The Washington VAAC reported an ash emission to 4.5 km altitude on 21 April that extended 30 km NE of the summit. Occasional puffs of ash continued throughout the day and rose to 4.9 km altitude later in the day. By the next day, a plume was visible at 4.6 km extending 80 km E; it was later reported at 4.9 km altitude. By 23 April a faint plume extended 90 km S before dissipating. INSIVUMEH also reported ashfall in Palo Verde Farm, Santa Sofía, Morelia, and Panimaché I and II other times during the month.

Significant lahars affected several ravines on 20, 23, and 24 April 2017. Rain, hail and snowfall caused a lahar in Ceniza Canyon on 20 April (figure 65). On 23 April, lahars flowed down the Santa Teresa, Trinidad, Ceniza and Las Lajas ravines after 160 mm of rainfall in three days. These ravines are tributaries of the larger Pantaleón, Achíguate, and Guacalate rivers. Another lahar on 24 April in Ceniza Canyon was audible more than 1 km from the ravine.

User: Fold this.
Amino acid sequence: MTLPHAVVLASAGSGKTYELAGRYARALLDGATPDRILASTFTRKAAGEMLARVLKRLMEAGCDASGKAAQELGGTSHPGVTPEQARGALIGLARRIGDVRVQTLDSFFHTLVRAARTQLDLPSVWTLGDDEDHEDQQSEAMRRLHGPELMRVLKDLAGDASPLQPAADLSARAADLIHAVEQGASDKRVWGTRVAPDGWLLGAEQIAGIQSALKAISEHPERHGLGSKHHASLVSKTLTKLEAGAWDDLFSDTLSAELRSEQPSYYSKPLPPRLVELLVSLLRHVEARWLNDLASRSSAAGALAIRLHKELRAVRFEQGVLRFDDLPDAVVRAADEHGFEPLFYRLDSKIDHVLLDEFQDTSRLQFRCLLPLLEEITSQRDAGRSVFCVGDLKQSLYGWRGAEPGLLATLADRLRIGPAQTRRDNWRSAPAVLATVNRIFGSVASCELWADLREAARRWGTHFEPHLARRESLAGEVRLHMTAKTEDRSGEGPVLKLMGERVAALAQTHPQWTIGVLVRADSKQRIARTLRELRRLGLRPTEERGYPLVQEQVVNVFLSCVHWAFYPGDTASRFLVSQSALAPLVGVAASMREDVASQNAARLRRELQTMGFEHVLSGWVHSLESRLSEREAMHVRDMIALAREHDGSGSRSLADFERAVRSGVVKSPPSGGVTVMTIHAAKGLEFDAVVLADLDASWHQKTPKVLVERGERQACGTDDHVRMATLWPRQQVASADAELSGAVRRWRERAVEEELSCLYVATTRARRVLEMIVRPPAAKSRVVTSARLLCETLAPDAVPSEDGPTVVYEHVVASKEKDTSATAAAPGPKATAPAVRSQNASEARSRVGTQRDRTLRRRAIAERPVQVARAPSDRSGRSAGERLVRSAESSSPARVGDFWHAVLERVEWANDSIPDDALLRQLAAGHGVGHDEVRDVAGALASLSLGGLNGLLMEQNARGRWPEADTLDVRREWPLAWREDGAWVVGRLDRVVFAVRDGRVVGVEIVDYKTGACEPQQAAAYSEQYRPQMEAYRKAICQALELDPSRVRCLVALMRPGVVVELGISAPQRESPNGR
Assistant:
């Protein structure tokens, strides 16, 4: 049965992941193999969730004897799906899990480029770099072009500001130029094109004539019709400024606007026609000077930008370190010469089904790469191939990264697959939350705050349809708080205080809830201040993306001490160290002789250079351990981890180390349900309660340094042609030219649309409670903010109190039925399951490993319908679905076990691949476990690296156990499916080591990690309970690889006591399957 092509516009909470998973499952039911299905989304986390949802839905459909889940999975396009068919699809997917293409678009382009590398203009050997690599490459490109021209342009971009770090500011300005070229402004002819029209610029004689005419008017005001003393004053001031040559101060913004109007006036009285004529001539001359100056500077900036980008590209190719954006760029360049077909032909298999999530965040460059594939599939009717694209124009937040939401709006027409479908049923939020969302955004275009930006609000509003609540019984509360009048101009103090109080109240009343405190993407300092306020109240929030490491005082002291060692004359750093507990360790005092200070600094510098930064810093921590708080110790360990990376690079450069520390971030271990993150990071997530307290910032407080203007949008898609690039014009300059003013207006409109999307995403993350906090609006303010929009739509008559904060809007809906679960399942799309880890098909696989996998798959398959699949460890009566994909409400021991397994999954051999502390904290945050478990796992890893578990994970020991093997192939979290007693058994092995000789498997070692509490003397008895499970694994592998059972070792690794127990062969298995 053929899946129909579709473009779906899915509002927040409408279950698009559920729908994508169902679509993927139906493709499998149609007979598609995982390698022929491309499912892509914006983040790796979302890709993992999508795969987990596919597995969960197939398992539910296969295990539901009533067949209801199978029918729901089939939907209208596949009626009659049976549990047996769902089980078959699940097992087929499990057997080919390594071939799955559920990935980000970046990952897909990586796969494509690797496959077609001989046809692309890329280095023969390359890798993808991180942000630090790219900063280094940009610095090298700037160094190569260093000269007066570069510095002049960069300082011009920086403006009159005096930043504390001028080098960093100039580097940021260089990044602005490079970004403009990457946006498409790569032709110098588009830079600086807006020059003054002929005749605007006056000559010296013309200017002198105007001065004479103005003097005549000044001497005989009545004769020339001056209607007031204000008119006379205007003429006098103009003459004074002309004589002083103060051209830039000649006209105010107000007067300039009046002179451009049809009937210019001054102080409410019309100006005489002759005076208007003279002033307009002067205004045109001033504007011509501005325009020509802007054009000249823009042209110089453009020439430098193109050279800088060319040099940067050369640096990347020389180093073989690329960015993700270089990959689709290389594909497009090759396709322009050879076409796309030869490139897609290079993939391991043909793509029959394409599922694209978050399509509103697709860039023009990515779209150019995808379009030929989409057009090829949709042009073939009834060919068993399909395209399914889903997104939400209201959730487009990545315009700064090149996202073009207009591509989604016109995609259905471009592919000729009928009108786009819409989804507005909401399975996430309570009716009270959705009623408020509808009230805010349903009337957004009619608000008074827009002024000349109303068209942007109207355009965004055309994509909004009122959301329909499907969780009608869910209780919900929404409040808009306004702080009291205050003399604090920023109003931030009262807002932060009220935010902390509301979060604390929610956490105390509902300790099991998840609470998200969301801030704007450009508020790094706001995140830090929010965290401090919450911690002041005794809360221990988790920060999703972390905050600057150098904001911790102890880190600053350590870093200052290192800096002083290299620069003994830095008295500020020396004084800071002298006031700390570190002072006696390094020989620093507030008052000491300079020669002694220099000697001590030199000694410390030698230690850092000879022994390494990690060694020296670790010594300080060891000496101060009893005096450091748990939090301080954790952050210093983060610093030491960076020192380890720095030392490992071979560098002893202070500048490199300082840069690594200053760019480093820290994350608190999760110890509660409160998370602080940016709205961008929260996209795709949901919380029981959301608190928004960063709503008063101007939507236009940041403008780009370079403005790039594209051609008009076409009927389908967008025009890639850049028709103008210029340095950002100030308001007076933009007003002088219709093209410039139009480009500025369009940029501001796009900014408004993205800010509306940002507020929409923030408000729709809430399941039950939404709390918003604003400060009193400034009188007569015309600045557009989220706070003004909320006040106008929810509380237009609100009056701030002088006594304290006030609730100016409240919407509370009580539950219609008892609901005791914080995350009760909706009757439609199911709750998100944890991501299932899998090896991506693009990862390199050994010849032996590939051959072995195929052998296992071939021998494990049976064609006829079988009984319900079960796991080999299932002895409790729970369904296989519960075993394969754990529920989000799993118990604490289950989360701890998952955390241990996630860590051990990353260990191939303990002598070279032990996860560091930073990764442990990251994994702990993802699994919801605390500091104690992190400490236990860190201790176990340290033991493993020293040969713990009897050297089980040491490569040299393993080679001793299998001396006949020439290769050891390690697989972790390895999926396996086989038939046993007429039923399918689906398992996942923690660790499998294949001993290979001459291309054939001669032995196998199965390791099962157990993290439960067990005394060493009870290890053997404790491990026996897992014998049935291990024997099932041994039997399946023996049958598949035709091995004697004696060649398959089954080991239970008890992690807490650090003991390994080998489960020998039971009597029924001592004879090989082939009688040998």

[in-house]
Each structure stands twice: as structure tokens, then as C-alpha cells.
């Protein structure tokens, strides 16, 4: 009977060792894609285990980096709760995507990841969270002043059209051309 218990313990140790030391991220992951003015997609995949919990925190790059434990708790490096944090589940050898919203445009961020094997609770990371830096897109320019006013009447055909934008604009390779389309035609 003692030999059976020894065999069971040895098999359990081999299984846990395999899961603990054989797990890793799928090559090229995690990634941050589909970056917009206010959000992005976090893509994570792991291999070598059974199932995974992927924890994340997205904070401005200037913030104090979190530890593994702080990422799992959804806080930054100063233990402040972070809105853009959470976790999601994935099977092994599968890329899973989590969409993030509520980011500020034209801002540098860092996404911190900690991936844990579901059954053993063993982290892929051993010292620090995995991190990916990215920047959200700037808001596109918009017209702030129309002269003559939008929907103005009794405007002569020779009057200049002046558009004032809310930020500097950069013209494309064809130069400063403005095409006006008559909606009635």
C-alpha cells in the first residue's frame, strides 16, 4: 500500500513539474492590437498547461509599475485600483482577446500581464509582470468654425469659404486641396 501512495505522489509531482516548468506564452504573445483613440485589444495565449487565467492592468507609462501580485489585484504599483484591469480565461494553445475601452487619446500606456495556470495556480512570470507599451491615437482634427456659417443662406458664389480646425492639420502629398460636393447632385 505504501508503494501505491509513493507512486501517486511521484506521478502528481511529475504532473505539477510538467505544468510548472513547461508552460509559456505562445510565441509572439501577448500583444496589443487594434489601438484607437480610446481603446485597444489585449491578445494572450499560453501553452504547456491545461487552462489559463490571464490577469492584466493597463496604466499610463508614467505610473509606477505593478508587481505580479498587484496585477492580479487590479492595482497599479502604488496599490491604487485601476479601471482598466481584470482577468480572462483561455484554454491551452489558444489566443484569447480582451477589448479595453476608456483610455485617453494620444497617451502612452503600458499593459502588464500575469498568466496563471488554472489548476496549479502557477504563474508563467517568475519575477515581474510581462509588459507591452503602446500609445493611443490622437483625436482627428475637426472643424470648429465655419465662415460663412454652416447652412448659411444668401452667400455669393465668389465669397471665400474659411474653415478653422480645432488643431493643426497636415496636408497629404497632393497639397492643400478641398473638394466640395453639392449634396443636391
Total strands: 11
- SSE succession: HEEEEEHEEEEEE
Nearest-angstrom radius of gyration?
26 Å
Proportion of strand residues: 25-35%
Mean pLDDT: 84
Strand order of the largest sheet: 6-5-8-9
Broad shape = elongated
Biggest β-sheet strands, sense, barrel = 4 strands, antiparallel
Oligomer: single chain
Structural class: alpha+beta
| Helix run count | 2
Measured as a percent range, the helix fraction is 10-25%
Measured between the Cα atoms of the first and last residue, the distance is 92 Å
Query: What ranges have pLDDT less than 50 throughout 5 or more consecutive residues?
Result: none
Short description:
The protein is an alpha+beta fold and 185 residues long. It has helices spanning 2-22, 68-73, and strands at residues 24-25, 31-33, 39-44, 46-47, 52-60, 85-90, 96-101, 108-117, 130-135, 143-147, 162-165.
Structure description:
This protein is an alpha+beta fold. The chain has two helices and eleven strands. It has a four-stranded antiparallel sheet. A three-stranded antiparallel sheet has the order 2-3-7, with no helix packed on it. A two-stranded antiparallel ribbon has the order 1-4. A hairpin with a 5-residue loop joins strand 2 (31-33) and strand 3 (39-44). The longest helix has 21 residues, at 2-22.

Figure 65. View of Fuego after an intense rain and hailstorm on 20 April 2017 that caused a lahar in Ceniza Canyon. Photo by Francisco Juarea, courtesy of INSIVUMEH (INFORME MENSUAL DE LA ACTIVIDAD DEL VOLCÁN DE FUEGO, Abril 2017).

Activity during May 2017. Eruptive episode 4 began on 4 May 2017. A lava flow on the NE flank descended the Seca ravine for 1,500 m (figure 66). Explosions increased to 5-7 per hour, and were visible 200 m above the summit. Another lava flow descended 1.2 km down the Las Lajas ravine. Pyroclastic flows descended Barranca Seca, filling the channel and overflowing to the SE into Rio Mineral. They also affected Ceniza, Trinidad, El Jute, and Las Lajas canyons (figure 67) raising the imminent threat of lahars in these drainages. INSIVUMEH estimated that 14 million cubic meters of material was emplaced from the pyroclastic flows.

Figure 66. A lava flow descends the Barranca Seca at Fuego on 4 May 2017 during eruptive episode 4. Courtesy of INSIVUMEH (INFORME MENSUAL DE LA ACTIVIDAD DEL VOLCÁN DE FUEGO, Mayo 2017).
Figure 67. Pyroclastic flows descend several drainages on the SE slope of Fuego on 5 May 2017 during eruptive episode 4, as viewed from la Finca la Reunión. Courtesy of INSIVUMEH (INFORME MENSUAL DE LA ACTIVIDAD DEL VOLCÁN DE FUEGO, Mayo 2017).